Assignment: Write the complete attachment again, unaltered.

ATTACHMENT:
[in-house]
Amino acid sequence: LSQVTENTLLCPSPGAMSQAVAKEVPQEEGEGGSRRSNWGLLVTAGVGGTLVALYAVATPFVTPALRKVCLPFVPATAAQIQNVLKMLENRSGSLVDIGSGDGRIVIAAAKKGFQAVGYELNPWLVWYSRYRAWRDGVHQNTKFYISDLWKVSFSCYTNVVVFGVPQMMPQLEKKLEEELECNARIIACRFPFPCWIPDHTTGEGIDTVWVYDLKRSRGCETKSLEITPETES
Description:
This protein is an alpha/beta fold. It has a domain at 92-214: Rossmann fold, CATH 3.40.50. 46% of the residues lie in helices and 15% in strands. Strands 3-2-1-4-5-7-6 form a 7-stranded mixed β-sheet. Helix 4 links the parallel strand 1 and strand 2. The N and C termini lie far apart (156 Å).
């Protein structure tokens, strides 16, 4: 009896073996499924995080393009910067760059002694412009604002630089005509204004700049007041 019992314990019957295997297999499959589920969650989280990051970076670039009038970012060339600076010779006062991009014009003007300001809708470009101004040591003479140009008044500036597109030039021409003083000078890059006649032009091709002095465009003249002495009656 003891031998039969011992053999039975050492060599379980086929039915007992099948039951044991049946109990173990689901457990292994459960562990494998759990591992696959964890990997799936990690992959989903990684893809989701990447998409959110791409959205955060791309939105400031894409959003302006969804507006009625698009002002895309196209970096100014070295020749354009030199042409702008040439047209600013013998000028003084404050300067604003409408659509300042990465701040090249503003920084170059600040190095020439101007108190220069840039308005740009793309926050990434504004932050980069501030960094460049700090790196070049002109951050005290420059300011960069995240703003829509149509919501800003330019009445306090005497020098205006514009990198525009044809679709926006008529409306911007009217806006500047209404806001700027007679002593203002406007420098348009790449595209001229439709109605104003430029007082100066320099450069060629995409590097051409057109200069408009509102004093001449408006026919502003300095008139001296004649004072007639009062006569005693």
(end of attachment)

[in-house]
Amino acid sequence: LSQVTENTLLCPSPGAMSQAVAKEVPQEEGEGGSRRSNWGLLVTAGVGGTLVALYAVATPFVTPALRKVCLPFVPATAAQIQNVLKMLENRSGSLVDIGSGDGRIVIAAAKKGFQAVGYELNPWLVWYSRYRAWRDGVHQNTKFYISDLWKVSFSCYTNVVVFGVPQMMPQLEKKLEEELECNARIIACRFPFPCWIPDHTTGEGIDTVWVYDLKRSRGCETKSLEITPETES
Description:
This protein is an alpha/beta fold. It has a domain at 92-214: Rossmann fold, CATH 3.40.50. 46% of the residues lie in helices and 15% in strands. Strands 3-2-1-4-5-7-6 form a 7-stranded mixed β-sheet. Helix 4 links the parallel strand 1 and strand 2. The N and C termini lie far apart (156 Å).
């Protein structure tokens, strides 16, 4: 009896073996499924995080393009910067760059002694412009604002630089005509204004700049007041 019992314990019957295997297999499959589920969650989280990051970076670039009038970012060339600076010779006062991009014009003007300001809708470009101004040591003479140009008044500036597109030039021409003083000078890059006649032009091709002095465009003249002495009656 003891031998039969011992053999039975050492060599379980086929039915007992099948039951044991049946109990173990689901457990292994459960562990494998759990591992696959964890990997799936990690992959989903990684893809989701990447998409959110791409959205955060791309939105400031894409959003302006969804507006009625698009002002895309196209970096100014070295020749354009030199042409702008040439047209600013013998000028003084404050300067604003409408659509300042990465701040090249503003920084170059600040190095020439101007108190220069840039308005740009793309926050990434504004932050980069501030960094460049700090790196070049002109951050005290420059300011960069995240703003829509149509919501800003330019009445306090005497020098205006514009990198525009044809679709926006008529409306911007009217806006500047209404806001700027007679002593203002406007420098348009790449595209001229439709109605104003430029007082100066320099450069060629995409590097051409057109200069408009509102004093001449408006026919502003300095008139001296004649004072007639009062006569005693």